On the graph, we see a tale of two middles: A red bell-curve of wealth and a partially overlapping blue distribution of people. Centering a net worth bracket on the intersection of the curves, around $557K, would give the closest equivalence between share of population and share of wealth. In other words, a harmonious maximization of money and peers, and a political goldmine. This is the demographic of small business owners and entrepreneurs that both parties put atop their highest pedestal when they're pitching business incentive policies to voters.
If the middle class is to be made of people though, then this lauded red/blue overlap group is probably a bit too high for statistical inclusion. The middle 50% of the US population has net worth in the range of $14K–$373K and as a group it holds 12.83% of the household wealth. Policies that directly cater to this subset of the population are theoretically likely to be rewarded with the highest approval ratings and votes (although this is problematized by an openness to being convinced otherwise by certain corporate-funded media campaigns). Ignoring political considerations however, there is still a strong argument for the economic importance of a strong middle class. Despite the small share of overall net worth, the middle class is still highly relevant — as workers. The labor of this class is the traditional engine on which the businesses owned and managed by those with higher net worth operate. Notably, this dependence is decreasing due the greater cost-effectiveness of outsourcing labor, as well as the greater reliance on investment in capital that can perform increasingly more of the same specialized manual and knowledge-work as humans: a gradual trend of automation.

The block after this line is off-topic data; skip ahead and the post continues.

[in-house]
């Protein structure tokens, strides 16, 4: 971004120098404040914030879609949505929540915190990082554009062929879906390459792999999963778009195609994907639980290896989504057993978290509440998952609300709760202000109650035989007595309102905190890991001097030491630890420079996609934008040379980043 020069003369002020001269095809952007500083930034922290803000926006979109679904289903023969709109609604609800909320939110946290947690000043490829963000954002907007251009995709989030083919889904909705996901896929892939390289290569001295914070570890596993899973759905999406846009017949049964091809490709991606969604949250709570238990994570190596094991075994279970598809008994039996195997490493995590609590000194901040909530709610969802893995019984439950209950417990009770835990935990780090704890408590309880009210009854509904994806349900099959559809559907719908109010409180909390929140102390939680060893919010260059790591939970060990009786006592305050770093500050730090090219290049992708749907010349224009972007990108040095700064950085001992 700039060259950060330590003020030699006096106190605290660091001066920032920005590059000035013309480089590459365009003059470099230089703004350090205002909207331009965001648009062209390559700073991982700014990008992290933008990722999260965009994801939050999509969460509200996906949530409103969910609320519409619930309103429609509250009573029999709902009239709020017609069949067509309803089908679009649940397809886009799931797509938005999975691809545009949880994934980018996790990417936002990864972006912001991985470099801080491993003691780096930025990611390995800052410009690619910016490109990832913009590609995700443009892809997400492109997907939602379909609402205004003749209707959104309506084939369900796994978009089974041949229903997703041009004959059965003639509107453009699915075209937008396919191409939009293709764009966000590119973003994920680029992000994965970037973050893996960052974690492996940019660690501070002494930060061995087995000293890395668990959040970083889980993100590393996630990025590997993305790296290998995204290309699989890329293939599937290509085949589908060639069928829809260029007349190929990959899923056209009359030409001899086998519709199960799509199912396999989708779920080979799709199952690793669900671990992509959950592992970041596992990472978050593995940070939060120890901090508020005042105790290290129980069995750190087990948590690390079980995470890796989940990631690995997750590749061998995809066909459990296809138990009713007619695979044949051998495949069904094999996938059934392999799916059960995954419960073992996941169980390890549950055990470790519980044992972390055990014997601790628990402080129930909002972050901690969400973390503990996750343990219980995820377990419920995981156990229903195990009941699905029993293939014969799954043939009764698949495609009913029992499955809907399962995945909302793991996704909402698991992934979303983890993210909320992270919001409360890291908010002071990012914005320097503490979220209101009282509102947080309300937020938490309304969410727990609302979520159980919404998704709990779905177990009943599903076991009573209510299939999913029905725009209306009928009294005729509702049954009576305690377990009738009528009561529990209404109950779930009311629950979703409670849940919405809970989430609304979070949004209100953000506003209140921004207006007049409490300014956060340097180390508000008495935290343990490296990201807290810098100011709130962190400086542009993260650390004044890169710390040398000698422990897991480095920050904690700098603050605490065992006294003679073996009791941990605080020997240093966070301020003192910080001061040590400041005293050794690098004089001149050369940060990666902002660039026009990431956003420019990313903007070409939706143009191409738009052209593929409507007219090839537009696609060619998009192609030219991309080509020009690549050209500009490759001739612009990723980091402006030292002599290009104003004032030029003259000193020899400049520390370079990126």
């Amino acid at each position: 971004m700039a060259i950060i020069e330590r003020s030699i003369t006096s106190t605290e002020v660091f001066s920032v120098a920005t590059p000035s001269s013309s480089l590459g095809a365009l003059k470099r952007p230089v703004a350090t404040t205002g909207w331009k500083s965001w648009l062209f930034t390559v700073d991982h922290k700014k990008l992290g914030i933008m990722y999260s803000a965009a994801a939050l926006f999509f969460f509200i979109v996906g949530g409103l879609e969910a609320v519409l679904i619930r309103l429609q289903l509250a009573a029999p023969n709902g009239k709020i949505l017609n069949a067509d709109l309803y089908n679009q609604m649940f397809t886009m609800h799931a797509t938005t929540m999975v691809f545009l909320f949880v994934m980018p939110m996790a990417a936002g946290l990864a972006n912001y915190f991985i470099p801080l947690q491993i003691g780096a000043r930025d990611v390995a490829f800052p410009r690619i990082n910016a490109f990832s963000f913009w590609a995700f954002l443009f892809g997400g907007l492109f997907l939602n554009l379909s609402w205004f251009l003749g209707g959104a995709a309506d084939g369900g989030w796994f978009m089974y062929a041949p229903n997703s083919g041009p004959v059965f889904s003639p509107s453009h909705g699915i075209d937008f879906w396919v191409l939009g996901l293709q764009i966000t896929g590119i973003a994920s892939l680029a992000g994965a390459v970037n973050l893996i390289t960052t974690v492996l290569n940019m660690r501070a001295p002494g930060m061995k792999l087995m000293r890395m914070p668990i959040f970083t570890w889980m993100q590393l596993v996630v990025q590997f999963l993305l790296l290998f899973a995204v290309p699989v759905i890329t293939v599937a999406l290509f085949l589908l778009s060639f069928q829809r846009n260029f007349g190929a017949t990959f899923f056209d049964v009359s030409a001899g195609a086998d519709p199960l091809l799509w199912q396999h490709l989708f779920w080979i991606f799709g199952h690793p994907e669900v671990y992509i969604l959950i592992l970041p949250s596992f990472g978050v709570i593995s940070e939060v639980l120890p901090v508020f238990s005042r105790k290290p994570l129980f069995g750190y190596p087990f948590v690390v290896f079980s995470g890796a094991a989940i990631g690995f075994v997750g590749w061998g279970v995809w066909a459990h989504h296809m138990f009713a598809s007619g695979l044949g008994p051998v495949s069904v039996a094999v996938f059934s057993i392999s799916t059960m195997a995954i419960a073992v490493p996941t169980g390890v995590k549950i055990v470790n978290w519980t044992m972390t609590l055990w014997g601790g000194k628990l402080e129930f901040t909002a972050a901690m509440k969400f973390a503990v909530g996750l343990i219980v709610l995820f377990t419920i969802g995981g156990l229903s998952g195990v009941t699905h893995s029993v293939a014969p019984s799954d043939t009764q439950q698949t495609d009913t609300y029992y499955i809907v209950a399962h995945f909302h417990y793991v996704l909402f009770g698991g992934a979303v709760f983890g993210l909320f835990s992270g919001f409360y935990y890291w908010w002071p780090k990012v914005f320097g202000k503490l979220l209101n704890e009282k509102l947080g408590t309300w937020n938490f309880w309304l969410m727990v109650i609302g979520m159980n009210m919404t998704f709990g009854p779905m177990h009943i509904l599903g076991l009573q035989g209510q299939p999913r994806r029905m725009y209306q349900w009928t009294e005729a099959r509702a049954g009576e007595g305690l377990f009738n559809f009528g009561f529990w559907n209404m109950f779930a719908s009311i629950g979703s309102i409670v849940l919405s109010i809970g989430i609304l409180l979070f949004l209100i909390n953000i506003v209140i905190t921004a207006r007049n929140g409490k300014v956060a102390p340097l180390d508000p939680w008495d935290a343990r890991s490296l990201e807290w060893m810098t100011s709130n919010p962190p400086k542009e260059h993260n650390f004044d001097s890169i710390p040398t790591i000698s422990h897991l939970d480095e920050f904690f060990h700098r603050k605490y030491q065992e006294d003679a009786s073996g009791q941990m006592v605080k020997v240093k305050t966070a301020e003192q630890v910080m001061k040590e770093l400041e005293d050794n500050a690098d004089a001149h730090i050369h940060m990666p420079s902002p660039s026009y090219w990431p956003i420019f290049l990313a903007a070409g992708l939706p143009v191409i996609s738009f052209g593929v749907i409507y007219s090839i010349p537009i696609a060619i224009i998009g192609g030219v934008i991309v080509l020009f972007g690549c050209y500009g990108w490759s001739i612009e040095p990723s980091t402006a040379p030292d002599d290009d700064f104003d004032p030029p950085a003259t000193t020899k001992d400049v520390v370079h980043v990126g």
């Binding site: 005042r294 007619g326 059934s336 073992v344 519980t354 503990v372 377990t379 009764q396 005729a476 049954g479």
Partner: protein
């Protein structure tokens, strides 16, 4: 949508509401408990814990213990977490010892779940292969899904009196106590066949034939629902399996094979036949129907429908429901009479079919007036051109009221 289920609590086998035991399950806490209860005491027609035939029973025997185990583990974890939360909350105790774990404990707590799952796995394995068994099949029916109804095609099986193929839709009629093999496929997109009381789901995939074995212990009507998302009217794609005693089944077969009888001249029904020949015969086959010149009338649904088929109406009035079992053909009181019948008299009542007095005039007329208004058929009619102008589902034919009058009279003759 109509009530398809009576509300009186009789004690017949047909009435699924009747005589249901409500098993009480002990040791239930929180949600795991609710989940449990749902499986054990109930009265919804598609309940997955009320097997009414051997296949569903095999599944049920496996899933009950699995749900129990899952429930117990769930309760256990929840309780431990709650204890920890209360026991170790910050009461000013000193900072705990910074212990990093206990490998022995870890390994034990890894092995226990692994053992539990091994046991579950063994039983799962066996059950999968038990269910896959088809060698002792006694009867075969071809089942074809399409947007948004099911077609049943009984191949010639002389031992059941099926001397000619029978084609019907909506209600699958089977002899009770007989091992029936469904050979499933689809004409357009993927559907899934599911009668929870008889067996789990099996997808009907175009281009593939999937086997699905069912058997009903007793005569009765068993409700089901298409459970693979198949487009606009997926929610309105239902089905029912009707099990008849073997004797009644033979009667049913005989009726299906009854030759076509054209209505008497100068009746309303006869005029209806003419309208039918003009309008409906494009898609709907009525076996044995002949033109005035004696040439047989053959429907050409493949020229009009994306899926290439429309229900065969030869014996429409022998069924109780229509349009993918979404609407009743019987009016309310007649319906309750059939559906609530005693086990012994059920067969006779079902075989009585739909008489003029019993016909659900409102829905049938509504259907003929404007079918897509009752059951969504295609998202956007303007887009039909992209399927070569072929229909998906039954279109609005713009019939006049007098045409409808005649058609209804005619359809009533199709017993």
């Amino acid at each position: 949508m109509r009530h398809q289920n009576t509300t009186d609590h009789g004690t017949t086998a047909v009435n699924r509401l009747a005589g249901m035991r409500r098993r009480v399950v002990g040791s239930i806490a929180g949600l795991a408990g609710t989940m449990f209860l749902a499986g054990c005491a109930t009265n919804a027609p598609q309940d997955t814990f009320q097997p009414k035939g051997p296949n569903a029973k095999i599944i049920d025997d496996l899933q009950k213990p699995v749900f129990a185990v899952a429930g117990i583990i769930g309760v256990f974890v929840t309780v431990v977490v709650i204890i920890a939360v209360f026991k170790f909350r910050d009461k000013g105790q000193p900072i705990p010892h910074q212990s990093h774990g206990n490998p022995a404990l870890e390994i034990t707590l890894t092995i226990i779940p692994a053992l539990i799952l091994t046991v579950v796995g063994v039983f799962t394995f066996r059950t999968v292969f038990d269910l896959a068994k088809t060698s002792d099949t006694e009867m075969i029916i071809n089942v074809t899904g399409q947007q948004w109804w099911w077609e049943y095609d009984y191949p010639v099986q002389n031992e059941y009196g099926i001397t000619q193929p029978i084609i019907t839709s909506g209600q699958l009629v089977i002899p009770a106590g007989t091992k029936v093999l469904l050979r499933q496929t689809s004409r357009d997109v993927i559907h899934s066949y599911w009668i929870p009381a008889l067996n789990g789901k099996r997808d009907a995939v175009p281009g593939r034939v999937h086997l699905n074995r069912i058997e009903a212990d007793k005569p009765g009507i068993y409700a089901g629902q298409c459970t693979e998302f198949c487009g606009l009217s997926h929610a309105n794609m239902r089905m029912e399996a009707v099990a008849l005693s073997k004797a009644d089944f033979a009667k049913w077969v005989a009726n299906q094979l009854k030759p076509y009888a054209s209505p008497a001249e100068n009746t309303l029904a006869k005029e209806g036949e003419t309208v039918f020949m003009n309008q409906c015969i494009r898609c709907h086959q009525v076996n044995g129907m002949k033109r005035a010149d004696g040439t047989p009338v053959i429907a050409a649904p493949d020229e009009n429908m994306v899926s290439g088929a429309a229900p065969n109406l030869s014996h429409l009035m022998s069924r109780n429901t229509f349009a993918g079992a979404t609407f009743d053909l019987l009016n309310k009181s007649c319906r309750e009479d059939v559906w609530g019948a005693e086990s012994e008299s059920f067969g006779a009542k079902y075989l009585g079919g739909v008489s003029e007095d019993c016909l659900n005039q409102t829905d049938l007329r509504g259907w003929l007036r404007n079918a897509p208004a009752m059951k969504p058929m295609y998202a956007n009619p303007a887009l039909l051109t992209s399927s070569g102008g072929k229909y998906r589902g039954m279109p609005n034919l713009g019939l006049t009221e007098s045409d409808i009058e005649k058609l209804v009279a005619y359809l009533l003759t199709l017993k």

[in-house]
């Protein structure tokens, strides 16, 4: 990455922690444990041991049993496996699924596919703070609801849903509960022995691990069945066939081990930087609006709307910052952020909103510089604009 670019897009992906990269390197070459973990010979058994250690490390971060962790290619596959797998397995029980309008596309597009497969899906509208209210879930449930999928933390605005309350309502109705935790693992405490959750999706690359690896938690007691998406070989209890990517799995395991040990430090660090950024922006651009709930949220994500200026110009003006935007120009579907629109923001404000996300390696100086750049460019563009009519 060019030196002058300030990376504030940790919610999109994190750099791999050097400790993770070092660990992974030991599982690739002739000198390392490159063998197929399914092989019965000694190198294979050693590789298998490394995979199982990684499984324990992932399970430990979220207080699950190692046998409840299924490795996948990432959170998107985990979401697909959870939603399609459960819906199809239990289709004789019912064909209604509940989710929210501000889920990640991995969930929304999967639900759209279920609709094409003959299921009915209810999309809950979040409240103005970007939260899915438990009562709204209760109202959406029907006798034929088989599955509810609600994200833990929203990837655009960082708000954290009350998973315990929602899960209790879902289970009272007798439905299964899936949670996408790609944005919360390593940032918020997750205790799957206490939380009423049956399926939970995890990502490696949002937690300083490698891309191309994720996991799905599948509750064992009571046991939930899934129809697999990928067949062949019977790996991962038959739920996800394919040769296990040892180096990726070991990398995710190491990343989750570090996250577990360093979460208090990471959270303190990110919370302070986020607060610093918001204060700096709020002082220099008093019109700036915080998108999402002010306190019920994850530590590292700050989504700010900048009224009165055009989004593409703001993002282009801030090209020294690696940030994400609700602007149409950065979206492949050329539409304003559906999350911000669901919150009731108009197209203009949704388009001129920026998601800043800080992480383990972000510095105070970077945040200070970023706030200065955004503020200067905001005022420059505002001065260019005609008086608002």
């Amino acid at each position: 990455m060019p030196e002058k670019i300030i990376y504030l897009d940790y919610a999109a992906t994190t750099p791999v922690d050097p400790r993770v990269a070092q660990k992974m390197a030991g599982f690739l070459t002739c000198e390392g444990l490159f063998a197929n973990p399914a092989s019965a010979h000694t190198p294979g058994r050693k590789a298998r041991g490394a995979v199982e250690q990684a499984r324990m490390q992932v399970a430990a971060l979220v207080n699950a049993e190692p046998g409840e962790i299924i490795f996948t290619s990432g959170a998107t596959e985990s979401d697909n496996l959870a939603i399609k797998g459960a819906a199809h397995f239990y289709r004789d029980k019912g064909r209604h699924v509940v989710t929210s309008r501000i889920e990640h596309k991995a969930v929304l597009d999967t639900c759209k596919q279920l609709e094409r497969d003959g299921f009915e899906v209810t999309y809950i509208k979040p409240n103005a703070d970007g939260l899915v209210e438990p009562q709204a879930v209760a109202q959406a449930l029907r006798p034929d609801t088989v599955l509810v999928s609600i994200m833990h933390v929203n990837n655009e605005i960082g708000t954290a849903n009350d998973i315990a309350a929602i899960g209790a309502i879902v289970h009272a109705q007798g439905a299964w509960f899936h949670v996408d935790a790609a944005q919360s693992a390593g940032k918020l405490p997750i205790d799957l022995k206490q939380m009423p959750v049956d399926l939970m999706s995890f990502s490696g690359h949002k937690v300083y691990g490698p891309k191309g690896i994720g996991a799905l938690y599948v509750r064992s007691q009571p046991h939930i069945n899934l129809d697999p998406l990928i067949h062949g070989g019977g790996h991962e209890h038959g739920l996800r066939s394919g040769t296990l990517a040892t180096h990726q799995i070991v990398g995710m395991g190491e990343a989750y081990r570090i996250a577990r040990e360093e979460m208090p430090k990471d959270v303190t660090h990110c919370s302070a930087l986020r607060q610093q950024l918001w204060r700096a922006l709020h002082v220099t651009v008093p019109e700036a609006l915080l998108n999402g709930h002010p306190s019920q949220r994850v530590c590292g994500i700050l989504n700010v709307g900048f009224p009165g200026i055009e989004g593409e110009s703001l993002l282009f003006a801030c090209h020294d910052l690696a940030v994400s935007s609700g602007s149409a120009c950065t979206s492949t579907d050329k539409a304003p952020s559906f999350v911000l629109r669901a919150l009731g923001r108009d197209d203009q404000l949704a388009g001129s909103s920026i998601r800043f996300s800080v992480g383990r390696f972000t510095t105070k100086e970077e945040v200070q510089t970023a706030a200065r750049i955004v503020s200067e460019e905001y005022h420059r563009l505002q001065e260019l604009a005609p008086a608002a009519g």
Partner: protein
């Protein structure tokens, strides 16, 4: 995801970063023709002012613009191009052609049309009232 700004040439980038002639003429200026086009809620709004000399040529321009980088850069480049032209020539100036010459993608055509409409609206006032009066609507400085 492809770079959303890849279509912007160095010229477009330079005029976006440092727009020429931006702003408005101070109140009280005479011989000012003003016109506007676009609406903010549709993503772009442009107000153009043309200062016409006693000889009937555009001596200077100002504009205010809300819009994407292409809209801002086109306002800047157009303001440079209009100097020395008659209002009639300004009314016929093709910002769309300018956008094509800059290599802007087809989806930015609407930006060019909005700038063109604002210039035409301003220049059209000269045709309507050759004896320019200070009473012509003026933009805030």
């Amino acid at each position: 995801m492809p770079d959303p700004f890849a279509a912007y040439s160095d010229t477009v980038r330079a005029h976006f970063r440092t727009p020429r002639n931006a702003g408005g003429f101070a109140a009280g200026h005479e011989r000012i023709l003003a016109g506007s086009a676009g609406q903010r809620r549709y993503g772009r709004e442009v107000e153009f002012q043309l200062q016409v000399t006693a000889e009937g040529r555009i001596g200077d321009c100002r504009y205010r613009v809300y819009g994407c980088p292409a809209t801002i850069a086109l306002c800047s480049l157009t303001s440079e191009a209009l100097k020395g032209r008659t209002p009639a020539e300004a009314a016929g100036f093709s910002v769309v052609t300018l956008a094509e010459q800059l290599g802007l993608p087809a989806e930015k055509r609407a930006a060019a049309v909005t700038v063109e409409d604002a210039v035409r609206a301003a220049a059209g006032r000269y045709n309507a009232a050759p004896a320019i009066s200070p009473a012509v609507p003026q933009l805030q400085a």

The red wealth distribution's parallel to the middle class is the middle 50% of total household net worth. This block ranges from $761K to $11.8M and — mirroring the middle class' capacity for 12% of the wealth — this wealth holds 12% of the people! There are a massive amount of liquid assets here, free for investment and development. They may be employed to develop technologies, invest in production, generate interest from the loans given to the bulk of the population, or perhaps fed into to the stock market with the expectation that the money therein will make its own money.
This brings us to the reason that the Occupy protests began in Wall Street in the first place. It's an issue of accountability among the small, rich percent of the population to the large, poorer part. When money is catastrophically mismanaged, or the lower ranks of the net worth distribution find themselves over-exploited to the detriment of the entire system, the most tangible stress and physical suffering in the down economy accrues to the middle class and those below it. And when Washington does not seem responsive to this suffering, either because of congressional obstructionism or a lack of leadership resolve to offer protections and alleviation to the blue distribution by fairly taxing the red, that's when people take to the streets. Maintaining a protest presence like Occupy is far less comfortable, far more risky, and more personally stressful than the alternative of nonparticipation and acceptance of letting others guide the system. But while in the latter there may be at most hope of change, sometimes hope is not enough and we need action.
Let us hope that these actions will have an effect. Or better, if you support the cause — join the action.